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Factors that Played a Role in My Transition from Childhood to Adolescent

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Socialization Growing Up

From a very young age and all throughout my adolescence I was socialized by those around me. Beginning with the first people to socialize me, my family, I then went into school and then a peer group. As I got older I began to develop rolls, each one different depending upon who I am socializing with and how my past socialization taught me to be. Based upon the influence of each of these groups in my life I am shaped and molded to belief in certain ideologies, to feel a certain way about myself and to have developed mannerisms to allow me to function in society.

Growing up with a police officer as a father and a massage therapist as a mother I had contrasting values instilled within me. On one side I had to obey authority, follow rules and laws and live with the understanding that drugs and alcohol (in excess) will lead to negative outcomes. The other end, from my mother, I gained the more free spirit aspect of my personality. She taught me about my own spirituality, about the way my muscles work with emphasis on meditation, self care and peace. Looking back now I was brought up to be both obedient and free spirited, which are two parts of my personality that still carry with me today.

I was lucky to have parents with successful jobs who were a part of the middle class. According to Thio, “Various forces, however, influence the way parents socialize their children. The most significant of these forces is social class” (93). When I was brought up my brother and I never went hungry, and we always had new shoes if we grew out of our old ones. We took vacations every summer, but just went to local beaches rather than beaches far away. My life as a child was balanced between getting everything I needed and even wanted without the excess amount of toys and lavish vacations that some of my friend’s families went on. This balance in my life helped me understand the value of money better than some of my friends had, and developed a better sense of who I was with the lack of smothering but never a need for the essentials.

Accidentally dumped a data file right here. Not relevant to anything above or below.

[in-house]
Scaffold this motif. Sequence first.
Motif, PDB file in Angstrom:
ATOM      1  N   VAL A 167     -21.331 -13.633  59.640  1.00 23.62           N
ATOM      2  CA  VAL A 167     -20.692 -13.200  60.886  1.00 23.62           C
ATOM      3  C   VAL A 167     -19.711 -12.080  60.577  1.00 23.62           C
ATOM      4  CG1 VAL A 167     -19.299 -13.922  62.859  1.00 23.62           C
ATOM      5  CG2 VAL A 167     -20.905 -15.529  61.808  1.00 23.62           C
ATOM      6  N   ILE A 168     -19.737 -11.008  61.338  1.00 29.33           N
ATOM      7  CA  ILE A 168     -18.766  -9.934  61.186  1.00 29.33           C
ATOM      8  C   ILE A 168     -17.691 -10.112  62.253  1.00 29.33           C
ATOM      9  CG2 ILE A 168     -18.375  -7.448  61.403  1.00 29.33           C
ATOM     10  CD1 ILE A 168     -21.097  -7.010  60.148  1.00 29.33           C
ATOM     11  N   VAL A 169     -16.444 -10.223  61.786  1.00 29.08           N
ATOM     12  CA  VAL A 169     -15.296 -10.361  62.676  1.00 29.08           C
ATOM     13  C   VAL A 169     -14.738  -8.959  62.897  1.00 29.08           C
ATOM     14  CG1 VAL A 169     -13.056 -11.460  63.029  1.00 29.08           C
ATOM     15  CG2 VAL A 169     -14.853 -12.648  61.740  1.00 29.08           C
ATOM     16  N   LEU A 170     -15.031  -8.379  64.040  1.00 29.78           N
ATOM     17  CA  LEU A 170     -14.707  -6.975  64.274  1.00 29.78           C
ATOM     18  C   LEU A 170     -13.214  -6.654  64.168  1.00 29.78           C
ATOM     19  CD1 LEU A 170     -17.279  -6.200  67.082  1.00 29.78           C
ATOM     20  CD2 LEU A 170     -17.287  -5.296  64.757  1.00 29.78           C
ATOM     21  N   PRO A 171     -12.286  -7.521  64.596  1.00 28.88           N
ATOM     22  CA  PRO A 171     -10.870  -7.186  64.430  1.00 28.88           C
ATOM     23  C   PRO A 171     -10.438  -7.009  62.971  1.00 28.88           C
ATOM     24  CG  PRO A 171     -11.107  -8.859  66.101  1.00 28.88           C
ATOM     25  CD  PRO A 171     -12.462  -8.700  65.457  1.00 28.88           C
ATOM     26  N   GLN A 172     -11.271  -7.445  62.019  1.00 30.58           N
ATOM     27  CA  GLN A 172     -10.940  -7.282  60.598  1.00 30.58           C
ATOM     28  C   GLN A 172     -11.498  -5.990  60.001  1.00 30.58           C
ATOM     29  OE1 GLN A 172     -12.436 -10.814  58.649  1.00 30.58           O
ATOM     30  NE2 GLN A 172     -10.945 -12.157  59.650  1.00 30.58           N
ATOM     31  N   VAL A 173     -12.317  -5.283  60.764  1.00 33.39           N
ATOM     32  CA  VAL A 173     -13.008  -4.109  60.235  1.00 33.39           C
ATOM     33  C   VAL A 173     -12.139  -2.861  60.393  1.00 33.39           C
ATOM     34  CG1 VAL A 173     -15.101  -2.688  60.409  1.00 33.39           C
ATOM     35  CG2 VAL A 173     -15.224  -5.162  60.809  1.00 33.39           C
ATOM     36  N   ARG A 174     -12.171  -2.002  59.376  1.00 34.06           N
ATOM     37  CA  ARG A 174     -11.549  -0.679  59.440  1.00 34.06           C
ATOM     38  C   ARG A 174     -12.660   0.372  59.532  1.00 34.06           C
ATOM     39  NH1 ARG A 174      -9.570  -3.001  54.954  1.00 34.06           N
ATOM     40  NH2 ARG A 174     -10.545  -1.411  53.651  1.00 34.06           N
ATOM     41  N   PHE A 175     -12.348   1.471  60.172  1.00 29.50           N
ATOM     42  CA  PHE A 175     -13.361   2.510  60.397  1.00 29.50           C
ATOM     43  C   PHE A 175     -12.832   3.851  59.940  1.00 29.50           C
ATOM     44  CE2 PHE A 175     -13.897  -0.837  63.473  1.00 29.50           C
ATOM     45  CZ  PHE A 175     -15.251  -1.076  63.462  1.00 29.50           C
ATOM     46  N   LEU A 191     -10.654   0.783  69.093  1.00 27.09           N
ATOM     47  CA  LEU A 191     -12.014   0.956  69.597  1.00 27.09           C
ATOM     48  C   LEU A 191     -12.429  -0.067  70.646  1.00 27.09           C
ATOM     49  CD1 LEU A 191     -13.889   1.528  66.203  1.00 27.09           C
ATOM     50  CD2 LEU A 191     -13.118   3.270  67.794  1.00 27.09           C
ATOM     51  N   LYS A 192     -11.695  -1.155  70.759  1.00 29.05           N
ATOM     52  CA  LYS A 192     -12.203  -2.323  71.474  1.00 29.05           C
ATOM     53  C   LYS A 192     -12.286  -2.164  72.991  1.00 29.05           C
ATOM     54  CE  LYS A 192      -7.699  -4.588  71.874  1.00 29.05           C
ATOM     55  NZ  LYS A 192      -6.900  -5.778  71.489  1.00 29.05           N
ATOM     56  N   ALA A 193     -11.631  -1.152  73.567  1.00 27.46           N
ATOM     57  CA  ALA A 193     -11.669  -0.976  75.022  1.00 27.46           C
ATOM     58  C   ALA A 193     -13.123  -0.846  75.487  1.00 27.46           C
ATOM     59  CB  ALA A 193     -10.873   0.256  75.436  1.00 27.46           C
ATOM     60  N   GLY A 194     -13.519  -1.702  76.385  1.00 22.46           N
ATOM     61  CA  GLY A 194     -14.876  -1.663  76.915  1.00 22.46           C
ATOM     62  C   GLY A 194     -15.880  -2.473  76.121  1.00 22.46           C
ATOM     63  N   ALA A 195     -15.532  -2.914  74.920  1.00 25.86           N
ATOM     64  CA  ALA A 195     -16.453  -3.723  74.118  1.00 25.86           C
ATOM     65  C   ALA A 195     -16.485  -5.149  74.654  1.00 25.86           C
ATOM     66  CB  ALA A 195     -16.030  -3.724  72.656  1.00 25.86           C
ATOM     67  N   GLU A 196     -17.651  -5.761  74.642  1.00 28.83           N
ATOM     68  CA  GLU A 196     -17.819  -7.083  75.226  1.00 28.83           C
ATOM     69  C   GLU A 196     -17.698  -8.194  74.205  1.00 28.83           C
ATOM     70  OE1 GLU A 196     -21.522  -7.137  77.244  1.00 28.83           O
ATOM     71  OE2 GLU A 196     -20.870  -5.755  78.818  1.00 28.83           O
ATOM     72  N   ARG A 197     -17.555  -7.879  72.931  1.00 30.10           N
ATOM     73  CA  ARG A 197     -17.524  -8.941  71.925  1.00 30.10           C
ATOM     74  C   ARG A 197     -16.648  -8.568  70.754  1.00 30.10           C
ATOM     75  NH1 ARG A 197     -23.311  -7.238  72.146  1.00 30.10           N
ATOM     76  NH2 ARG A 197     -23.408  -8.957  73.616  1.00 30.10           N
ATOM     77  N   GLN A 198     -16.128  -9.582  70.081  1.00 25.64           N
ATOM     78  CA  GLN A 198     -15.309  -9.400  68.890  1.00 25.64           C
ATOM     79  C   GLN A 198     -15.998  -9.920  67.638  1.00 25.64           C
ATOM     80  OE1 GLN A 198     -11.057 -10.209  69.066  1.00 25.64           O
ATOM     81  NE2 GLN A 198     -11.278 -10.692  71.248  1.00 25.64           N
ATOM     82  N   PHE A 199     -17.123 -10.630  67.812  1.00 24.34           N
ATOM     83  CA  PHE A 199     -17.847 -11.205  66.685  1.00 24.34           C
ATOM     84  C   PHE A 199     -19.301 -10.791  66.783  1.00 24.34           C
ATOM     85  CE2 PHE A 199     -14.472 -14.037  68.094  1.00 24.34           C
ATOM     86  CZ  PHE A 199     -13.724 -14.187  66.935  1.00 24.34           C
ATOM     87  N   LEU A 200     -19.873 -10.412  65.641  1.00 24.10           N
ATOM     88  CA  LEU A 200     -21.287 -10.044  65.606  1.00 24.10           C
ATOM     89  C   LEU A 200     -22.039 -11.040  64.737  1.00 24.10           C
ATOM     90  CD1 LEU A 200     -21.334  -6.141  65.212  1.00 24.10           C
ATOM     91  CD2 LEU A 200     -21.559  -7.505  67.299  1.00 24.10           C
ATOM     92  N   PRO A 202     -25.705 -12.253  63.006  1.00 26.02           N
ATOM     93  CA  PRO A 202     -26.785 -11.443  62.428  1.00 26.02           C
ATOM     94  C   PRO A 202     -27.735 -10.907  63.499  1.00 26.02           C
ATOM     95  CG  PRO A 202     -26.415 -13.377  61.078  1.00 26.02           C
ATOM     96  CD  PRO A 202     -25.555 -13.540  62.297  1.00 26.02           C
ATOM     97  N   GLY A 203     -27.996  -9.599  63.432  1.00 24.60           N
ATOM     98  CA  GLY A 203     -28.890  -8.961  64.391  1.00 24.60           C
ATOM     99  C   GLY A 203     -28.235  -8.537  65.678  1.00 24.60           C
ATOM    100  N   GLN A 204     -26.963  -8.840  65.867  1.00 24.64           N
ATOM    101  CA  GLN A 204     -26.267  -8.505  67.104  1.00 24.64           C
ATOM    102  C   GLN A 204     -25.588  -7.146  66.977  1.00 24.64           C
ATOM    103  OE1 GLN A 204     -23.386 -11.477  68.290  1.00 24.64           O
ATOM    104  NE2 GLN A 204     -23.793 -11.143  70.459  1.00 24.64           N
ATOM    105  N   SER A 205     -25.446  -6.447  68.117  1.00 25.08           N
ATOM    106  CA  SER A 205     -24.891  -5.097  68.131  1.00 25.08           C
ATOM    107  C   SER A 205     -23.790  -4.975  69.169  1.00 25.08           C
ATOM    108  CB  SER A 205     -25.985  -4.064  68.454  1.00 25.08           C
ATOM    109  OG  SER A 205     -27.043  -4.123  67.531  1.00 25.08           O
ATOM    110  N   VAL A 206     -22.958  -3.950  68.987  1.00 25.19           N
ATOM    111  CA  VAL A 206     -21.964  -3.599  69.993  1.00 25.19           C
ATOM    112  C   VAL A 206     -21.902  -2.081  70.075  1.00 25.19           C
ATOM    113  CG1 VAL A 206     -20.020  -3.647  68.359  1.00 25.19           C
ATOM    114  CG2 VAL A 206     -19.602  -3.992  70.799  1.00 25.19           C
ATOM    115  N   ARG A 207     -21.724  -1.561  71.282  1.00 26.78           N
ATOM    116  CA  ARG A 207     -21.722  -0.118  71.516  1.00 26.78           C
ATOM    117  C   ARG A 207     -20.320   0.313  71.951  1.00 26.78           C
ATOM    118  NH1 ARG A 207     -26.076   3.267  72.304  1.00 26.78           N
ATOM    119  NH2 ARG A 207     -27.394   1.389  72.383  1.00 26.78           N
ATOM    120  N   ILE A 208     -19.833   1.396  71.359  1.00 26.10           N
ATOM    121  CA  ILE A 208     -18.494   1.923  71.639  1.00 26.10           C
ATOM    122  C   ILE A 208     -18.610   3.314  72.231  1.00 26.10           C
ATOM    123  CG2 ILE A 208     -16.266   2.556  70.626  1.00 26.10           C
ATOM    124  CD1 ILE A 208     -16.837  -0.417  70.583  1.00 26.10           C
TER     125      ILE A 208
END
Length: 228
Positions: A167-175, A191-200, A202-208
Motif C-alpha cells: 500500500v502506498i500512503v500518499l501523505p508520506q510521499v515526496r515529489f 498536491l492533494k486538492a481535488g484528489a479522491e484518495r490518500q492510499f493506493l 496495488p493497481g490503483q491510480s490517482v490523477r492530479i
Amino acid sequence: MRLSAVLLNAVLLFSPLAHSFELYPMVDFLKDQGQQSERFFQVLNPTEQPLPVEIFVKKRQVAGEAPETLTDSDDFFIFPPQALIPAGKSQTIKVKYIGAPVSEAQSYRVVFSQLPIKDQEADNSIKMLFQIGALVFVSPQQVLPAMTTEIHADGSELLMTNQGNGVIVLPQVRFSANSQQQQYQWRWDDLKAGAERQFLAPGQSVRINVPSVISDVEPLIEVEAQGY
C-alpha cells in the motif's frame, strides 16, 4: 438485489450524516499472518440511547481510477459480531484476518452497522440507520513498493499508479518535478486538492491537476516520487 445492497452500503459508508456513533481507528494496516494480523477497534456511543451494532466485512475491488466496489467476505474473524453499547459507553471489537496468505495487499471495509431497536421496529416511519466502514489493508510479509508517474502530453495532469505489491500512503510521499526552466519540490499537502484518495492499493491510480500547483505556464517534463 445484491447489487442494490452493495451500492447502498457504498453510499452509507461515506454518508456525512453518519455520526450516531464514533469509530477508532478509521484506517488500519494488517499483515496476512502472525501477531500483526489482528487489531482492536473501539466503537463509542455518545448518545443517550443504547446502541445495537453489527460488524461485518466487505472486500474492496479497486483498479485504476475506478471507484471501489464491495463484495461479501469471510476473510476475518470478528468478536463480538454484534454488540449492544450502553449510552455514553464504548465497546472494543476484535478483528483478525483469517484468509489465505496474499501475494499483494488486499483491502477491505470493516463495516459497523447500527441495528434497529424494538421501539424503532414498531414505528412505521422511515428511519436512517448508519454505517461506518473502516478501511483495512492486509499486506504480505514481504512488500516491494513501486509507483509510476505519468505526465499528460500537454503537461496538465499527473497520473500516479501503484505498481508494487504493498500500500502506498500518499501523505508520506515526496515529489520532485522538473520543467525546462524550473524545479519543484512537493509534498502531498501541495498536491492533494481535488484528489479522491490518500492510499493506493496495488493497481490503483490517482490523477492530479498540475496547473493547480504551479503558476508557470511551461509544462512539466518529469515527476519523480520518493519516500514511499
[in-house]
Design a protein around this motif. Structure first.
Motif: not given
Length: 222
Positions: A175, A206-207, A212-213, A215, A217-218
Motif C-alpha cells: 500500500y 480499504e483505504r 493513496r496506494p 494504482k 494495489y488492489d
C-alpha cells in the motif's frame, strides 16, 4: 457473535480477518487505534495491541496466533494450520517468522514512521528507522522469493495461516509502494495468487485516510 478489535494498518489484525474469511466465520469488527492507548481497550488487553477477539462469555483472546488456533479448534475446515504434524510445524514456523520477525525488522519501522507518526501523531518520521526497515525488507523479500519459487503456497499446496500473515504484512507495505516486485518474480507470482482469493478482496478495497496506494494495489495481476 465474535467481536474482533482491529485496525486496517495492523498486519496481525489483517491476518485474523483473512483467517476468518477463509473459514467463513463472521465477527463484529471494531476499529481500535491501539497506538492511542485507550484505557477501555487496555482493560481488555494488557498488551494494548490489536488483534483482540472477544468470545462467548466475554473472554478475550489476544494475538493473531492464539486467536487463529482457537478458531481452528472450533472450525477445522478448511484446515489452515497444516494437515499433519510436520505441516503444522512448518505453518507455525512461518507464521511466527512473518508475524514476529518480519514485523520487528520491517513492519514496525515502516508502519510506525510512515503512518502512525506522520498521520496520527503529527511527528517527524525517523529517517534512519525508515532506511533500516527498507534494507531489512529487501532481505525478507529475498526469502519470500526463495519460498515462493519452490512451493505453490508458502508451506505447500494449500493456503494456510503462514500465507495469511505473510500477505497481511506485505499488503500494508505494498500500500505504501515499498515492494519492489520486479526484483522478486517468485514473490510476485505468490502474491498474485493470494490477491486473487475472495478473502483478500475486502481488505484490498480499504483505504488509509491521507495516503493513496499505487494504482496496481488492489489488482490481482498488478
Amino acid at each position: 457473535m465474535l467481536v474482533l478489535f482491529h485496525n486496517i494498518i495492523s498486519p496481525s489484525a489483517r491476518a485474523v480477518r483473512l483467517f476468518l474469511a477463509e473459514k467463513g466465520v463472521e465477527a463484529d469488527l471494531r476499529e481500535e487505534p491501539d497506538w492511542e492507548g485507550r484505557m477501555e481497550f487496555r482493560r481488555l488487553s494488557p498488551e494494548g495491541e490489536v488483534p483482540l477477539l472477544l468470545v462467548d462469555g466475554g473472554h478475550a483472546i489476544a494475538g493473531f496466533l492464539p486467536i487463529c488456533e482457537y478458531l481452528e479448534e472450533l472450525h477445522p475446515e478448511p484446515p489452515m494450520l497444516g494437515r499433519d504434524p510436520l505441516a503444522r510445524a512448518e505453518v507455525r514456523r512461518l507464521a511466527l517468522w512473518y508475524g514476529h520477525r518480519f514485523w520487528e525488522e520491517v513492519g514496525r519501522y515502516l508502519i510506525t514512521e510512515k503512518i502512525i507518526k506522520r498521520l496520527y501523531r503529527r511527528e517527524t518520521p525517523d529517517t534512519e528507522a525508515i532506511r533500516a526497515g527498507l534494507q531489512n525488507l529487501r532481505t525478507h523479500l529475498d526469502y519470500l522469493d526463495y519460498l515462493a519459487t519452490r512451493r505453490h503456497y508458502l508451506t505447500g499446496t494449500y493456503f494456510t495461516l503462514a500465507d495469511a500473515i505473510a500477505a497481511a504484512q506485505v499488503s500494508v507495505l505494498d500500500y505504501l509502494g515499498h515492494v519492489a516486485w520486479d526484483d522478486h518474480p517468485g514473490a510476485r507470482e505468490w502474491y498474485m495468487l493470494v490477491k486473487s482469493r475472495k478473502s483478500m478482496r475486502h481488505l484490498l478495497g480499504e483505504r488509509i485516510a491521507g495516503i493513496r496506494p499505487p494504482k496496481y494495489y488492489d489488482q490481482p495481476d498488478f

My parents had taught me to speak up when it came to a girl bullying me in elementary school. They taught me to fix my own issues if they knew I was capable to do so, and to use my resources. This may have to do with the fact that they wanted me to be a stronger person as I grew, but according to Thio, “Middle class encourages independence, self-assertiveness and reasoning (93), perhaps being that my parents social status had more effect on me than merely the amount of vacations we took or the label of the clothes I wore. Their status allowed me enough room to grow and reason for myself, because I neither needed nor went without many things. It allowed me to ponder, create and explore because my family had the means to provide for my brother and I in that type of way.

My mother, more so than my father, had a larger impact on the way I perceived myself and the way I thought a woman should be. At the age of six or seven I began to take what she did as my own, this type of principal following me into my later years. This act is normal, and explained by Thio as, “Children pretend to be their mother and father, examples of their significant others” (85). My mother was always up to date on the latest diet trend from the Paleo, to Weight Watchers, to the South Beach diet. She loathed her body, pushed it to the limits working out and restricted calories, sugar and carbohydrates. Watching her as a child I remember seeing this as the “healthy” way to live. Her exact habits that she practiced began to be my habits only a few years after. Even through high school I had practiced unhealthy eating habits, only eating baby food for lunch, and had worked out excessively. The idea of being overweight, even in my underweight body at the time, terrified me. My mother always made encouraging comments in my birthday cards about her being able to finally see my thigh gap. To me, all of these behaviors were normal. I had not realized just unhealthy my mentality was until I came to college.

Due to the way that I was raised, to see food as your enemy and your body never good enough I saw myself as never good enough. With that reasoning about my body nothing else in my life could be good enough. Thio would describe “the self-image is what emerges from the looking-glass process can affect our personality and behavior” (85) and for me it did. I had identified myself with such negative traits because I was taught by people who love me that is how to act. I criticized others who did not agree with me because they were lazy slobs who just did not try hard enough. My thoughts and behaviors began to mirror those of my mother’s while I was in high school.